A report by a United Nations organization calls for the international body to seize control of information shared over the Internet should the governments of member nations fail to pass sufficient cybersecurity regulations.
In the document, called “Trends in Telecommunication Reform: Smart Regulation in a Broadband World,” the UN’s International Telecommunications Union (ITU) points to the specter of an attack on the cyber infrastructure of a country as justification for the world body’s assumption of regulation and monitoring of traffic on the information superhighway.
That frightening prospect was first reported by the News Limited Network out of Australia. Paola Totaro and Claire Connelly write:
A draft of the proposal, formulated in secret and only recently posted on the ITU website for public perusal, reveal that if accepted, the changes would allow government restriction or blocking of information disseminated via the internet and create a global regime of monitoring internet communications — including the demand that those who send and receive information identify themselves.
Their summary is accurate. Citing “the increased use of online applications and services to communicate and do business (such as social media, cloud services, e-payment and other m-banking services),” the ITU proposal calls on “stakeholders” (read: countries that are members of the United Nations) to increase their regulatory control over the Internet lest the threats to cybersecurity become an unmanageable problem.
In what likely comes as no surprise to those familiar with the UN’s policy of consolidating power through the eradication of national sovereignty, the ITU draft proposal would grant the government of any member nation the right to throw the “kill switch” on the Internet should that government suspect that information being exchanged threatens their own or a fellow participating country’s national security.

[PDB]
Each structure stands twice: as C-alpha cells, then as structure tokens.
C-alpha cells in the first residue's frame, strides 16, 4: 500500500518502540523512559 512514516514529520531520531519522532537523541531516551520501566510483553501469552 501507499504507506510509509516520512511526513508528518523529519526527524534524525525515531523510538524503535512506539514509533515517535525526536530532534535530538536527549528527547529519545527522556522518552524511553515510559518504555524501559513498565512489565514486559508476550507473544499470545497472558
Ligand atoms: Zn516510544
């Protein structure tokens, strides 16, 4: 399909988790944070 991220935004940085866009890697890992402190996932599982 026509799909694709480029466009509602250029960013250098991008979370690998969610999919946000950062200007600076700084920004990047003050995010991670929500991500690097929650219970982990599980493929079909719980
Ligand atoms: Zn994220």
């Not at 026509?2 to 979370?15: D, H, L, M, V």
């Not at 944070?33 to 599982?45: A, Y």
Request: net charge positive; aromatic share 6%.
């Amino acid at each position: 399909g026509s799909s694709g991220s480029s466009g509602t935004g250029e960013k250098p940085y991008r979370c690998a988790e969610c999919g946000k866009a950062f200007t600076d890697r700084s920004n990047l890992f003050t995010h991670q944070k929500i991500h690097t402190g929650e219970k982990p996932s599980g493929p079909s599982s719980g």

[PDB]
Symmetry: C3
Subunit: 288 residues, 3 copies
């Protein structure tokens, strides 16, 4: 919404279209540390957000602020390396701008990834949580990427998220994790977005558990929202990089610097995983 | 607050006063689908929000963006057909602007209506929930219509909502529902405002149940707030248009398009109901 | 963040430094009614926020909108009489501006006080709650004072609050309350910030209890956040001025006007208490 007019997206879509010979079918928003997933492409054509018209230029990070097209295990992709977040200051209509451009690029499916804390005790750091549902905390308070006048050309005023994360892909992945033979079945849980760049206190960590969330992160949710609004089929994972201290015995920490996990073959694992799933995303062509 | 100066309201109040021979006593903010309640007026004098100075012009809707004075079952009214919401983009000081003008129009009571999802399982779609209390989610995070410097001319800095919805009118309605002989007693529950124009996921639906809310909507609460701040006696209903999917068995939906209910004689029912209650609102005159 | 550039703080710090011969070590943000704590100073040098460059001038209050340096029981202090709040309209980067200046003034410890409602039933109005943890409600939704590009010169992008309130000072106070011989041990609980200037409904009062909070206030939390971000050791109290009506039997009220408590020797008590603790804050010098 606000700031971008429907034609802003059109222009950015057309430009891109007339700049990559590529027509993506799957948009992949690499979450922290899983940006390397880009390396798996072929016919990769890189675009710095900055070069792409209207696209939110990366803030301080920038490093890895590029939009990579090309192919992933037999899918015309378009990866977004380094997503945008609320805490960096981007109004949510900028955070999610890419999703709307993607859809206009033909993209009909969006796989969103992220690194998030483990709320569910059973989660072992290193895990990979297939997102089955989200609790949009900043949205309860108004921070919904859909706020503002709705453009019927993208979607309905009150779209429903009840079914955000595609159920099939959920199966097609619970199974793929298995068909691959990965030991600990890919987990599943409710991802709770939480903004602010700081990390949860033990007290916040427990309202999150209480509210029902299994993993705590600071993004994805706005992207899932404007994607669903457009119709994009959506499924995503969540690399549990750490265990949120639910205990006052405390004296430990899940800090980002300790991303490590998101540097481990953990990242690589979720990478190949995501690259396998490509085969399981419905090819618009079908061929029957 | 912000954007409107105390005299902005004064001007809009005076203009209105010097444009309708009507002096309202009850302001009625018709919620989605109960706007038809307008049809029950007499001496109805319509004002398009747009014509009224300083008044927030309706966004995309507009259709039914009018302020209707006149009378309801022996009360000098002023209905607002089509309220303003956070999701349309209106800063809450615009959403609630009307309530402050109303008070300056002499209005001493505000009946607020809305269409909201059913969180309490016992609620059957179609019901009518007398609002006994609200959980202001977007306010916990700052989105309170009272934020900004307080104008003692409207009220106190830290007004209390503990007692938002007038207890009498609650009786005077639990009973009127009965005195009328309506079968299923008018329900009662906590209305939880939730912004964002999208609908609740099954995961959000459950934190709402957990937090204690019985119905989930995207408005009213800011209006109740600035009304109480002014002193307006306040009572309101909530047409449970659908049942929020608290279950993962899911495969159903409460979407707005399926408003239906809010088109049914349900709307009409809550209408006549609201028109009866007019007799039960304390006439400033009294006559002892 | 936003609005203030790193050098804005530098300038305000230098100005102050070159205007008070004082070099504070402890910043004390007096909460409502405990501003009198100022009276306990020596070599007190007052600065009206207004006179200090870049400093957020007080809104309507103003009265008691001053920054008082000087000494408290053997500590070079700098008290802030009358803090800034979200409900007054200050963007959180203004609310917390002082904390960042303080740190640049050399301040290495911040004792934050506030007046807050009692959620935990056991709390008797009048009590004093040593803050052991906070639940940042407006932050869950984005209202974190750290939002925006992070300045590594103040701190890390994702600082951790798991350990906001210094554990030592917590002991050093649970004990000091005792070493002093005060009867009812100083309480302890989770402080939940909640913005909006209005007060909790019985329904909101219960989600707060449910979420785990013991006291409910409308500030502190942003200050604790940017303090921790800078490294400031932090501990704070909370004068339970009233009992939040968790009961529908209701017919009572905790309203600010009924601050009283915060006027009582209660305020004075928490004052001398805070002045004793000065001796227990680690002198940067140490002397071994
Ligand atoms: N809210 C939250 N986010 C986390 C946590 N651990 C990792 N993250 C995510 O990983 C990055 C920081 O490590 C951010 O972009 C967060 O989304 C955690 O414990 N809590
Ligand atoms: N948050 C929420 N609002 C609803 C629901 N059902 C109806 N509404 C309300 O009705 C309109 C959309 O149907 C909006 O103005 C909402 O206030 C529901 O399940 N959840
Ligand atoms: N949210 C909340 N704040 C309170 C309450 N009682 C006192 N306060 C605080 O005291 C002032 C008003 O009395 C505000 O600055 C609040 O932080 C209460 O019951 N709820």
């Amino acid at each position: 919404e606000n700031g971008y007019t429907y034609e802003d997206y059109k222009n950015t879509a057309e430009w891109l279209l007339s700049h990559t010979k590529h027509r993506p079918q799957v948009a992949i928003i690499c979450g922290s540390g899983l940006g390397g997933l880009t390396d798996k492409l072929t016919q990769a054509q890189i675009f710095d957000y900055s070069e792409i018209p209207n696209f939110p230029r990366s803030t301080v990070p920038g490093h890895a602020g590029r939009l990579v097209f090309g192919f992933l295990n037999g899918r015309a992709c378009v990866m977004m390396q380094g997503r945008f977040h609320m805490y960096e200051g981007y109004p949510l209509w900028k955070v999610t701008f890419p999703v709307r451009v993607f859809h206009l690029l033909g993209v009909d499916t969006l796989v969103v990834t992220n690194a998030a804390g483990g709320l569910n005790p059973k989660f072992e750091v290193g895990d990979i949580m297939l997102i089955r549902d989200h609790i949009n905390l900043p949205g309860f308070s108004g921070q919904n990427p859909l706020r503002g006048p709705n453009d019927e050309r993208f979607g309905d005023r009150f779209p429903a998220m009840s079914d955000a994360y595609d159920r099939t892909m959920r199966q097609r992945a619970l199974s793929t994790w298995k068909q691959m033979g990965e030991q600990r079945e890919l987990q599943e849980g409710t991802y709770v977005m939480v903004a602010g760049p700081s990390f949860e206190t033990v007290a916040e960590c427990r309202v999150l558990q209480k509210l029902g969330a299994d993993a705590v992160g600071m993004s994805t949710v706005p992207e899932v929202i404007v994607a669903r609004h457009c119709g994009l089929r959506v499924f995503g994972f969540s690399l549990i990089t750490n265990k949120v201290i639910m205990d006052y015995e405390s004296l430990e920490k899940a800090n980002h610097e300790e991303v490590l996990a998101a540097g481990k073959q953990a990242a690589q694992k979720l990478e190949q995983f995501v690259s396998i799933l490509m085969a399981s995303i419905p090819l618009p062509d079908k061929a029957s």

Although the document admits that when it comes to policing the Internet, “the principles of privatization, competition, and liberalization have been of central importance over the past two decades,” the time has now come, the UN body insists, for government to assume “greater responsibilities” over the flow of information through the Internet.
Thankfully, a coalition of civil rights groups, labor unions, and large cybercorporations have come together to oppose the UN’s plan to police the Internet.
As reported by Common Dreams, this coalition opposes the plan by some telecommunications companies and countries including China and Saudi Arabia. If approved, it would allow the UN’s International Telecommunications Union to charge users for services such as email and restrict access to the internet and monitor activity online.
The International Trades Union Conference, representing 6.2 million union members in Britain, wrote that the proposal could “restrict political freedoms and harm civil society.” Such changes would hit users from developing countries particularly hard, according to the ITUC.
The website for Stop the Net Grab warns:
The internet as we know it is at risk. Unless we act now, our right to freely communicate and share information could change forever.
In less than four weeks’ time, the International Telecommunications Union (or ITU), a United Nations agency, is planning to adopt new rules to clamp down on the fundamental freedoms of citizens online.
So far the proposal has flown under the radar, but its implications are so serious that we must act quickly to show the ITU and its member countries that citizens will not stand by while our right to communicate freely is undermined.
Chris Disspain, CEO of auDA, told ITWire that a drive to consolidate power is behind the UN’s net grab. He also said that, “for some countries it is about a belief that they can control things more easily if they go through the UN.”
Later in the ITWire piece, it is reported that Greenpeace and the ITUC sent a letter to UN Secretary General Ban Ki-moon to “express their ‘deep concern about a potentially very damaging change to the governance of the Internet.’”
As for the reaction from Congress, Common Dreams reports: